Issues Affecting Public Health Delivery Systems in American Indian and Alaska Native Communities
Publication Date: December 1998
Author(s): J. Marsden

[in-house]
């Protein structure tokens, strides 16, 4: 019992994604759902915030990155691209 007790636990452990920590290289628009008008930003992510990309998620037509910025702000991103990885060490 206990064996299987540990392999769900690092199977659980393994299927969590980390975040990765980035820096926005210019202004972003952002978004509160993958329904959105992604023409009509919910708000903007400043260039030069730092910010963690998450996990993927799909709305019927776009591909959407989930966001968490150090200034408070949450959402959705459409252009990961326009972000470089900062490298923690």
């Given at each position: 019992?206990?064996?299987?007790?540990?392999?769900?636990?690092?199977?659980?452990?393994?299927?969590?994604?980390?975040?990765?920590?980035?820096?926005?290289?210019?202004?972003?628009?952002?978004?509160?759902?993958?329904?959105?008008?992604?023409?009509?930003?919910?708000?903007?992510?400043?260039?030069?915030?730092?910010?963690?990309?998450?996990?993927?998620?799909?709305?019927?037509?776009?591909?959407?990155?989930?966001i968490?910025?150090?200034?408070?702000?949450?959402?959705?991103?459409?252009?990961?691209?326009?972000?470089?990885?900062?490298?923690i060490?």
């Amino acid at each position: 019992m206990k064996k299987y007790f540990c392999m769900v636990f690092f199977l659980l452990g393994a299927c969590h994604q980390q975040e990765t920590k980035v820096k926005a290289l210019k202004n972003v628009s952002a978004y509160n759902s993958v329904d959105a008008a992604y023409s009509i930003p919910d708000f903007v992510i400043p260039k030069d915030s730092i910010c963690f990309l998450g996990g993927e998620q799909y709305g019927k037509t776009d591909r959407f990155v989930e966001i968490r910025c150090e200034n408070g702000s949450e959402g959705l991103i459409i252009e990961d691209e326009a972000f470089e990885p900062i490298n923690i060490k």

Although great strides have been made in reducing morbidity and mortality rates of American Indians and Alaska Natives, significant gaps remain in health status between these populations and the general U.S. population. Public health approaches must be tailored to these groups, while bearing in mind, there will be regional variations in disease risk and lifestyles. Because Indian tribes are sovereign nations, they have a unique relationship with the federal government. People working with tribes should understand the history and laws that underlie health services to American Indians and Alaska Natives. Sections of the Indian Self-Determination and Education Act (P.L. 93-638) allow tribes to take over the operation of programs previously operated by the Indian Health Service or the Bureau of Indian Affairs. People working in this area should understand the implications of the Act and how to best help tribes exercise their rights while working to improve tribal health. Finally, urban Indian programs do not command the same support as tribal programs, even though more than half of the Indian population lives in urban areas and not on reservations. It is important to understand the legislative and programmatic differences between urban and tribal services. There are several courses of action that states wishing to work with American Indian communities might consider.